A Novel Role for Notch in Neuronal Connectivity in C. Elegans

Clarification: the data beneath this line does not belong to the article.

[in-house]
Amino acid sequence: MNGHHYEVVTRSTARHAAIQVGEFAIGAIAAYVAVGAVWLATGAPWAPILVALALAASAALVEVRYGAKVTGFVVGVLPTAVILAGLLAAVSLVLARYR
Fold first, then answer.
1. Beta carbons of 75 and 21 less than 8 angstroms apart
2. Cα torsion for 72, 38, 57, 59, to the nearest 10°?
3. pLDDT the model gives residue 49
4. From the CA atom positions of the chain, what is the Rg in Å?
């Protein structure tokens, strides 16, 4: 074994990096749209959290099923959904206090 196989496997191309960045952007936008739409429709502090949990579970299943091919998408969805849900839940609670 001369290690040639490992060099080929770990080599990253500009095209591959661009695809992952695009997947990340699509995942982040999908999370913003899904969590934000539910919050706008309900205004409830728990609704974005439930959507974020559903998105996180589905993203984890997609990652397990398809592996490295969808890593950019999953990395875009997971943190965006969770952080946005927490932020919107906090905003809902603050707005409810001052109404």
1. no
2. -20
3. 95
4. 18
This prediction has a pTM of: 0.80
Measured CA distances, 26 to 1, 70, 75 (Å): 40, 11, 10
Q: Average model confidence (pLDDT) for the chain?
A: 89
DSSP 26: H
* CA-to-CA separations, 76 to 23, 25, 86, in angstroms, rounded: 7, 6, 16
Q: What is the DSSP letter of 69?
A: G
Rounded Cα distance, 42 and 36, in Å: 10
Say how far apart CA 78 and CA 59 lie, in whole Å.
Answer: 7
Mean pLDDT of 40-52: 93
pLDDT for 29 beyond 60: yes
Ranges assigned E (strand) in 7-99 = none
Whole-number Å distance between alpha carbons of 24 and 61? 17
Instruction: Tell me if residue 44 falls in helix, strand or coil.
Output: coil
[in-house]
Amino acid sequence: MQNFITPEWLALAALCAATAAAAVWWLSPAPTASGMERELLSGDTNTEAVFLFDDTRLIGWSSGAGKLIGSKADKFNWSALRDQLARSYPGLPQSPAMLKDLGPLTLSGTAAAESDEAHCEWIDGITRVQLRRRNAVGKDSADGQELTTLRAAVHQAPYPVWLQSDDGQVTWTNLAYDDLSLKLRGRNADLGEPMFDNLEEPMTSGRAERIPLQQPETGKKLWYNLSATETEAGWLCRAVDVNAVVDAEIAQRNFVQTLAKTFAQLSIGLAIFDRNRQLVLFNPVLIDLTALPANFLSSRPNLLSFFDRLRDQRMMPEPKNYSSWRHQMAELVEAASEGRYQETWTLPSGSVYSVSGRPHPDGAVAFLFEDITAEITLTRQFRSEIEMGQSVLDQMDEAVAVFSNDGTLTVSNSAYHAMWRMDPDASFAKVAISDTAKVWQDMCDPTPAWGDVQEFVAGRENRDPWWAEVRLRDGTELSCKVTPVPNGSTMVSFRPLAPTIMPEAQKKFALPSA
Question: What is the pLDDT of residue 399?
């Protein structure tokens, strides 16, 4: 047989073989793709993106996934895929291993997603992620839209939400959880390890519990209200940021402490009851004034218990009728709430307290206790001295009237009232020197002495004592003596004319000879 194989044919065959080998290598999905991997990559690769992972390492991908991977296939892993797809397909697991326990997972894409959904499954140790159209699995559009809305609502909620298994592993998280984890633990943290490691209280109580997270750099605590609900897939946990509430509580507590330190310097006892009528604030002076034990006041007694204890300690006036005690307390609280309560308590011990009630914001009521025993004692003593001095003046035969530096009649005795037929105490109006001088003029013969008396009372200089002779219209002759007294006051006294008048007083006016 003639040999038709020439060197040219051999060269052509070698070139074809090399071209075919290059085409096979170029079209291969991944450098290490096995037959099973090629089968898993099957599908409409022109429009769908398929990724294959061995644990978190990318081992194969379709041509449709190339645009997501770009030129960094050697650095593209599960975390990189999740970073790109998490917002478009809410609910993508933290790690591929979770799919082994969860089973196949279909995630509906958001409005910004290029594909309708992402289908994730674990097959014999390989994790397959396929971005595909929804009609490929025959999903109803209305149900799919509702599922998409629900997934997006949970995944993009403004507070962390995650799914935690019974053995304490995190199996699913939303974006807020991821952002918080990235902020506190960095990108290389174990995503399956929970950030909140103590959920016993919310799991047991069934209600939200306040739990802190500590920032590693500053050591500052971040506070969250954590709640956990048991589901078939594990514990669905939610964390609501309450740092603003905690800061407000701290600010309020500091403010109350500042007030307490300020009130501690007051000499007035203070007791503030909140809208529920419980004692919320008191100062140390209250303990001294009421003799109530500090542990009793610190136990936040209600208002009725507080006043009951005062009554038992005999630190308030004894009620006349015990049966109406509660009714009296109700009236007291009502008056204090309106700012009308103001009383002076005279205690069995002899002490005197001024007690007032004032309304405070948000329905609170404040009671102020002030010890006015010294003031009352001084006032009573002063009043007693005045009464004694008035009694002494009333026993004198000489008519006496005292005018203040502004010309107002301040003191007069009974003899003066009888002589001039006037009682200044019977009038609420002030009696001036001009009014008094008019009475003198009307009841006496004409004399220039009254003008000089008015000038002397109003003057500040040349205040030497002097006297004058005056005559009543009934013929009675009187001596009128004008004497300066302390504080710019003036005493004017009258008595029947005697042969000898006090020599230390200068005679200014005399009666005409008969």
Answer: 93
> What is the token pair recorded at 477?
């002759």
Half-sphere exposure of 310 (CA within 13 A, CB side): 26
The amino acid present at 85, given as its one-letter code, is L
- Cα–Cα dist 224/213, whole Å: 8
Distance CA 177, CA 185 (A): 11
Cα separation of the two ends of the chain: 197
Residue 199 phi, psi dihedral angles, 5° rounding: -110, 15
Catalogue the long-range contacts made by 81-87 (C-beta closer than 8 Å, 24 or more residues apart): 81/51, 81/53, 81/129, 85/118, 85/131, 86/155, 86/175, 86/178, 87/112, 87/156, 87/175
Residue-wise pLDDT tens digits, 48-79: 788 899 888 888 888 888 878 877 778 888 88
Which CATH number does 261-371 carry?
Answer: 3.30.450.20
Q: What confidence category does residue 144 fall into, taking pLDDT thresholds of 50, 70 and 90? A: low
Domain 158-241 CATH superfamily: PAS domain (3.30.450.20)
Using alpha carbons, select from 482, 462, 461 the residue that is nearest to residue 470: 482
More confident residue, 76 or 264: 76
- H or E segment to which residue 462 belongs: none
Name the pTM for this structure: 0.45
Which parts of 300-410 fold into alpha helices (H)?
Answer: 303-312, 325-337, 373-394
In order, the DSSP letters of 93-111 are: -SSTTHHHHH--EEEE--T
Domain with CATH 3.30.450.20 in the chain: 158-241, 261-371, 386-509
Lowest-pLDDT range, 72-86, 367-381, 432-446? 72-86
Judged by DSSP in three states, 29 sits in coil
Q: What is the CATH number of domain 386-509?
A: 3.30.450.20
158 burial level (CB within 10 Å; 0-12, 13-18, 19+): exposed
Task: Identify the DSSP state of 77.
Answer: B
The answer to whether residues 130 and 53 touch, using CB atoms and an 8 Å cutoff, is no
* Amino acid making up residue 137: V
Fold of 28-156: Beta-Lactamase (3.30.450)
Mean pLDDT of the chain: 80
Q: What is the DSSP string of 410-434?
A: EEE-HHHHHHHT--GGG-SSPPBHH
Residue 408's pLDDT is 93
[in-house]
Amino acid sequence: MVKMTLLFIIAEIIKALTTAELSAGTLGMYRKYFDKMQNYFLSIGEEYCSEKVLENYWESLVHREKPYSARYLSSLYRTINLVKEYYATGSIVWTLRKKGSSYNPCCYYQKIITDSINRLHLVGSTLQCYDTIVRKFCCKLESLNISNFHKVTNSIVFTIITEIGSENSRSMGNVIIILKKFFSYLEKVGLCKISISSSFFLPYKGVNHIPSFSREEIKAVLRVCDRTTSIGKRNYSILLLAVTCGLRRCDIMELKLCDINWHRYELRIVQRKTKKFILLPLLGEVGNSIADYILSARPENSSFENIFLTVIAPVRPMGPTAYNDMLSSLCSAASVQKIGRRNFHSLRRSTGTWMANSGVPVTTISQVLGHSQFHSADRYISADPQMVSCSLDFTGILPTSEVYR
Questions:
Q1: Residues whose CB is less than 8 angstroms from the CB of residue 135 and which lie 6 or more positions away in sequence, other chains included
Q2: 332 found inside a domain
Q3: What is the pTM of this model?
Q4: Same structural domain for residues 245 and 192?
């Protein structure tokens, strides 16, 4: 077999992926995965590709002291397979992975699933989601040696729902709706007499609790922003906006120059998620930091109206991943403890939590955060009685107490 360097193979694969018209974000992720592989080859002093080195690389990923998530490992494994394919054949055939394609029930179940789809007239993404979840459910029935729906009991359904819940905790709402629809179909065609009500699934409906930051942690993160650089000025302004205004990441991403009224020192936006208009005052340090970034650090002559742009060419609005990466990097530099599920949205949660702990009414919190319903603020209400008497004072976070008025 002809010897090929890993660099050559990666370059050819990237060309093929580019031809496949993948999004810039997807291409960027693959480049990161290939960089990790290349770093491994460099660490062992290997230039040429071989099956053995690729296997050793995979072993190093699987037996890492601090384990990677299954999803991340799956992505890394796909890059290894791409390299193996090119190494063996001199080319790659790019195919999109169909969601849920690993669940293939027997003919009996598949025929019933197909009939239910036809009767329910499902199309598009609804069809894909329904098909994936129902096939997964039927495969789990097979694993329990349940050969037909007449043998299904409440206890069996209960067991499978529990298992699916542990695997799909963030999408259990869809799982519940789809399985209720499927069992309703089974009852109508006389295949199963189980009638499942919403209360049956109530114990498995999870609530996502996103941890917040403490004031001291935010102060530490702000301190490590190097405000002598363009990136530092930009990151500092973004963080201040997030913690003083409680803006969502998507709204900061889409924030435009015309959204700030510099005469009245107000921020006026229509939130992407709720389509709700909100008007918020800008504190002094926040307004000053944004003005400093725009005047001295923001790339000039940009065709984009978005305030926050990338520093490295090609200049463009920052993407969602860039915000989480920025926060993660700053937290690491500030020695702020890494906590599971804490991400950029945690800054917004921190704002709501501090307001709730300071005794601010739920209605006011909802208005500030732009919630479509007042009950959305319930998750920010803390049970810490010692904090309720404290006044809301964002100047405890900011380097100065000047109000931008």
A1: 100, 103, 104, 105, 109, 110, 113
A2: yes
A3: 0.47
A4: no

Notch receptors are conserved transmembrane proteins that regulate key developmental processes and promote stem cell proliferation and renewal. Defects in the Notch pathway are especially evident in neurons, where Notch signaling remains active in the nervous system from birth to adulthood. These receptors are highly conserved across many species, including humans, and have been highly described in the model organism Caenorhabditis elegans. In our research, we documented the development of light touch sensing mechanosensory neurons at the nerve ring in C. elegans. We first observed that sup-17/ADAM10 animals, a Notch pathway mutant, had significantly higher rates of ALM-AVM nerve ring breakage than wild type animals. This observation lead us to test other Notch mutants to determine if the pathway was involved. Multiple different Notch pathway mutants were crossed with animals with an integrated transgene that expresses GFP in mechanosensory neurons (zdIs5) to visualize their nerve rings. Significantly higher rates of breakage were found in all Notch mutant animals when compared to wild type, which suggests that the Notch pathway is involved in ALM-AVM nerve ring development. Genetically identical Notch mutants did not exhibit different break rates across life stages. Therefore, the defect is likely to be developmental rather than degeneration or a developmental delay as would have been indicated by increases or decreases in break rates across time respectively. We next need to identify which cells Notch works through to promote ALM-AVM nerve ring development. To do so, we are currently performing tissue specific rescue experiments for both the mechanosensory neurons and the surrounding glia. We are also in the process of determining if the defect effects the normal behavior of the worm using a light activated protein called channelrhodopsin. By expressing this protein in the animals’ light touch sensing mechanosensory neurons, we can use blue light to control the activation of ALM and AVM neurons and make powerful conclusions about any behavioral differences in Notch mutant animals.